It might be possible to not have trackers for a home unit. A parabolic trough aligned east to west and facing south might work. You would have to “aim” the trough for the time of the year you would want maximum solar insolation. Thus, twice per year the cells would produce at maximum and the rest of the seasons it would be somewhat less but still greater than current cells. The sun rising and setting would still be reflected on the cells but not as efficiently as a tracker. However, as mentioned trackers are expensive. I priced one out at $6,000. Our solar installing company has said after installing thousands of panels they’ve never installed a tracker. It more cost effective to install more panels.

  • mds

    What will Soitec’s cost/W be if they integrate this new 44.7% cell into their concentrator? Will it be cost competitive with PV?

  • JamesWimberley

    It´s trivially true that eficiency gains translate into cost -reductions – in a given technology. But it´s a fallacy to extrapolate from gains in high-end triple-junction devices, sold in tiny quantities to NASA and the Pentagon, to the much lower efficiency mono- and polycrystalline silicon cells that at do the work in the solar boom. The slow and unspectacular gains there – going from 18% to 18.5% say – are multiplied by gigawatts of installation, not kilowatts.

    • Ivor O’Connor

      Yes. The title left me shaking my head. And rolling my eyes.

      Next title might be “Nascar Speeds Increase, Car Prices Set To Plummet!”

    • Omega Centauri

      I didn’t even bother to read the original article. These are just specialized hero cells, they have very very little to do with commodity panels. And CPV just can’t compete against cheap panels. Amonix is bankrupt and shut down their factory.

      • Jack

        She does this all the time then always throws some political garbage in.

      • TinaCasey

        Amonix did close its factory last year (not the first time a company closes a factory) but to paraphrase Mark Twain, reports of Amonix’s death have been greatly exaggerated. This year, something called Amonix (Zombie Amonix, maybe?) signed a development deal with Solar Junction and has been working with NREL, so I’ll go with the idea that the company is still alive and kicking.

  • http://soltesza.wordpress.com/ sola

    This is for concentrating systems which may not show up in residential applications any time soon (need trackers) but it is still nice to see progress at the top end.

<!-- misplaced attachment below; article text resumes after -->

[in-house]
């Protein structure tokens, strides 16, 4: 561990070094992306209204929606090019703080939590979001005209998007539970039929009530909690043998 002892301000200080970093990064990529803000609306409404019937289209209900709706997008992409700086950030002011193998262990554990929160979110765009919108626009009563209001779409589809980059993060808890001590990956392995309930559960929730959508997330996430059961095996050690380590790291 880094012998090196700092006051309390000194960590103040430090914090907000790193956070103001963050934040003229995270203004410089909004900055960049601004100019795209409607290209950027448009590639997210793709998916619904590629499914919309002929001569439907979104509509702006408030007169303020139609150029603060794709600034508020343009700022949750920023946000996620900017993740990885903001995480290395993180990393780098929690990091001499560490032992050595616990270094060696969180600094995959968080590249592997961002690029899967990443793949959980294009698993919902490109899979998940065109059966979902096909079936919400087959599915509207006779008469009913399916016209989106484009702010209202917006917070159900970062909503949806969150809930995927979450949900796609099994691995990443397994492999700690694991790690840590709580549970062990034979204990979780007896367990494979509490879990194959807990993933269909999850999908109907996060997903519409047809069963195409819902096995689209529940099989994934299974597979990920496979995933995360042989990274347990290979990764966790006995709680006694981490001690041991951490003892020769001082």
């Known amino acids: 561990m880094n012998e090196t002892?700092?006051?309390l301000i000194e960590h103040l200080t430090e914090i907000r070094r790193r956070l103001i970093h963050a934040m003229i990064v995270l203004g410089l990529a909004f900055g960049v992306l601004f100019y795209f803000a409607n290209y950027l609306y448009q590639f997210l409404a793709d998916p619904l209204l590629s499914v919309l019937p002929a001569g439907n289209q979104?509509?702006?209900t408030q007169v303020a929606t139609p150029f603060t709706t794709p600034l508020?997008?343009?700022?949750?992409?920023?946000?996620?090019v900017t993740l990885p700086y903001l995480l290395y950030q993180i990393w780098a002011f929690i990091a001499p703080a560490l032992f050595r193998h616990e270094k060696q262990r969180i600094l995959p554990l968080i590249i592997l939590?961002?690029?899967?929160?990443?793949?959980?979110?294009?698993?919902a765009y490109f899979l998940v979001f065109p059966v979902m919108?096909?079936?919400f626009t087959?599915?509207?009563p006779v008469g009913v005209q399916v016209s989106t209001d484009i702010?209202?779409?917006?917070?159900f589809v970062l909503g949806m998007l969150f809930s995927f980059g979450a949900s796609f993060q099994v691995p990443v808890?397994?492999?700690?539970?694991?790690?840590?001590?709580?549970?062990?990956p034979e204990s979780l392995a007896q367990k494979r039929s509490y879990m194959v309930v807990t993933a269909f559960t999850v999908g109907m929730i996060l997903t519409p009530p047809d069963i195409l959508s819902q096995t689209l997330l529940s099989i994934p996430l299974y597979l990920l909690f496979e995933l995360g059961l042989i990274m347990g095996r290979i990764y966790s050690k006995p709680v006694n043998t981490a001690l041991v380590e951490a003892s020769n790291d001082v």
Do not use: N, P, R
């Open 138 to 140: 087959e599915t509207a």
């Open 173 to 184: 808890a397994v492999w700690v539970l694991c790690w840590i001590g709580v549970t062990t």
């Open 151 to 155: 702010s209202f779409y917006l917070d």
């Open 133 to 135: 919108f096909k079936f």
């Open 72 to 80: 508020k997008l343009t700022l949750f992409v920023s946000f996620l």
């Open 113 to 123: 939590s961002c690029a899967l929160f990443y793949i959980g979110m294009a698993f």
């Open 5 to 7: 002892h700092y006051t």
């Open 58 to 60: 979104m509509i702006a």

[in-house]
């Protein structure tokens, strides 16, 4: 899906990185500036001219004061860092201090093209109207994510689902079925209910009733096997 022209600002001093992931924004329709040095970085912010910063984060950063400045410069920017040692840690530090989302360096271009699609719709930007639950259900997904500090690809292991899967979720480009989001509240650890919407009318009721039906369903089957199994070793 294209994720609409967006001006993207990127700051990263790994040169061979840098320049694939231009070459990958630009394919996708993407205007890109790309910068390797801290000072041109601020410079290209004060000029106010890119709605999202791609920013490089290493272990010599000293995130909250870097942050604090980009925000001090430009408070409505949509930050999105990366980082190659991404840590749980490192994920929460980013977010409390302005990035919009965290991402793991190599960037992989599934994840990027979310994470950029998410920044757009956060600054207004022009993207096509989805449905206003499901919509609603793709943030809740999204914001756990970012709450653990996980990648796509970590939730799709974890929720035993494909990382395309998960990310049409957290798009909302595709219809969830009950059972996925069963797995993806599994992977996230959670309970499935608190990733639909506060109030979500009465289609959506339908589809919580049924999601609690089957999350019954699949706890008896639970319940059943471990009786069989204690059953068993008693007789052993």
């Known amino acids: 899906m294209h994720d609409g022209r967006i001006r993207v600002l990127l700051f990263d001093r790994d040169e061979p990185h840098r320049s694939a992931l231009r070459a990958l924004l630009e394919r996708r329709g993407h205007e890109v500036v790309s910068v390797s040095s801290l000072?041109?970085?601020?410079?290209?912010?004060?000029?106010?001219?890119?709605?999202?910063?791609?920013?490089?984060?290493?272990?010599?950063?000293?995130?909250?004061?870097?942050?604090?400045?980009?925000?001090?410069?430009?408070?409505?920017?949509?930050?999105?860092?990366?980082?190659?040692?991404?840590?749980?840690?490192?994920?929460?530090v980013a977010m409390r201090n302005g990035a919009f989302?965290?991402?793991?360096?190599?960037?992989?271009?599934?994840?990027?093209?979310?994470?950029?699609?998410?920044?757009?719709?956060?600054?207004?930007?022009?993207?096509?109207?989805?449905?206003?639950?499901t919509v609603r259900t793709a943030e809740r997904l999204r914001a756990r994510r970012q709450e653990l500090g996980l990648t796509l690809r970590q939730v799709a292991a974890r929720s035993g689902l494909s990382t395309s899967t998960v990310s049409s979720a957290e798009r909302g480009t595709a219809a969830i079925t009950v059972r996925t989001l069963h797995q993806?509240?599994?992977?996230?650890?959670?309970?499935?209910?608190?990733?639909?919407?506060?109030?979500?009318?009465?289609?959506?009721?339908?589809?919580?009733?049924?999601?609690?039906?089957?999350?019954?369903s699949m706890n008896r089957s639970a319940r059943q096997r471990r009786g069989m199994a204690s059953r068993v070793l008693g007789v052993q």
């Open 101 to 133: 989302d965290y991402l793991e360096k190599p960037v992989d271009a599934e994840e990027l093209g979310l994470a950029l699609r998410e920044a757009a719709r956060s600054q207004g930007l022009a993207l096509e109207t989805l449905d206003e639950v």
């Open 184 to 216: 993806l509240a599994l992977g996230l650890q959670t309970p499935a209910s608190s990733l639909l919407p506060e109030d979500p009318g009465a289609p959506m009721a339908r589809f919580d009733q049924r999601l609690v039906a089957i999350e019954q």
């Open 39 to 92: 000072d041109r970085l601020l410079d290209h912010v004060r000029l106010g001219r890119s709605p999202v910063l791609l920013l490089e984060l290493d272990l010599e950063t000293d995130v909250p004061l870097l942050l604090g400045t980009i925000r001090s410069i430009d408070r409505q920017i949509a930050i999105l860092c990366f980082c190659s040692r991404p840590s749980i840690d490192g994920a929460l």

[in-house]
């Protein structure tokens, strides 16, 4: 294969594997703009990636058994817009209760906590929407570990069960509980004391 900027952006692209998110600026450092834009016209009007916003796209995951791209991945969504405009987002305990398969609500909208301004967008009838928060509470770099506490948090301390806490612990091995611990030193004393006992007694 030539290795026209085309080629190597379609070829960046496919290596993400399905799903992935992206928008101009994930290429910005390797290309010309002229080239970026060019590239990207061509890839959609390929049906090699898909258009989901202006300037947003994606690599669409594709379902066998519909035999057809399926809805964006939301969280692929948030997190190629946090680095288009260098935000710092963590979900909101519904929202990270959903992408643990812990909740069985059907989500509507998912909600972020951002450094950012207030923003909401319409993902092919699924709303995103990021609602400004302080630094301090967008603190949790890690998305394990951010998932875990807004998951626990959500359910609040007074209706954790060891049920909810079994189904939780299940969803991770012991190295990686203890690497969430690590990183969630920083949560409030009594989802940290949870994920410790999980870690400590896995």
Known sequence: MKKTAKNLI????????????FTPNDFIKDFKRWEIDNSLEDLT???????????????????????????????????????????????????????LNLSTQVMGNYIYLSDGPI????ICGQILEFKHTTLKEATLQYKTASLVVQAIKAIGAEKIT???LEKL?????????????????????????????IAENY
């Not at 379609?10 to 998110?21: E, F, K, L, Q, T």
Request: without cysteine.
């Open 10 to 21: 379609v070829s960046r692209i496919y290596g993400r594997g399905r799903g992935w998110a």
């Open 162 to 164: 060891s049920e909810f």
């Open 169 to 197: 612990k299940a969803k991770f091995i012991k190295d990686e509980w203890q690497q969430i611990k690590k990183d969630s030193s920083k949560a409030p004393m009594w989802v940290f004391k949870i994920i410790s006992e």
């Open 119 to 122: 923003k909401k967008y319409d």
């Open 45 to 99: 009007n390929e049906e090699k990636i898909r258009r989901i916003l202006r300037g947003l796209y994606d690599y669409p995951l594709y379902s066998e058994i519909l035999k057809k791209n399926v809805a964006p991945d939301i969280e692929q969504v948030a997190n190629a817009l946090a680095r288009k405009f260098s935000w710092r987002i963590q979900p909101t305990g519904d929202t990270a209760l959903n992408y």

• Bob_Wallace

      Might they start showing up on the top of buildings in cities which have a low roof area to electricity use ratio?

      If you can take what little rooftop space you have and double/more than double the electricity generated then trackers and concentrated might pay their way. Plus tracking extends the solar day.

      Concentrated solar on trackers could be pole/rack-mounted allowing them to install over rooftop AC units/etc., thus increasing usable real estate.

      • Matt

        Think I was at the Boston airport. They have some flat mounted panels and then also some trackers mounted on polls.

      • anderlan

        Good point. With a concentrator with 40% efficient technology and a tracker, stakeholders can triple the yearly output of a plain-jane rooftop array.

      • http://soltesza.wordpress.com/ sola

        Trackers are currently too expensive and their failure ratio makes their residential application unviable. If their cost comes down sufficiently, commercial applications may pick up though

        • Bob_Wallace

          A sizable amount of utility scale solar is tracked. As one gets closer to the equator active tracking makes more financial sense.

          With concentrated solar the cells and lenses are going to be more expensive and smaller than regular panels. Tracking would cost less per watt and increasing the solar day would help out the financials.

          • Timothy Poole

            Trackers on average are only about 40% more efficient than fixed position arrays. If you look at how much a tracker costs in relation to its increased production values it’s worthless, just because for the the same price of 2.2KwH mounted on a tracker you can get 6.6KwH mounted in fixed position.

          • Bob_Wallace

            Utility scale solar farms are finding tracking pays for itself. As you get closer to the equator tracking give more boost.

  • Shiggity

    It doesn’t seem like much, but a full percentage point in one year is crazy.

Back to Top ↑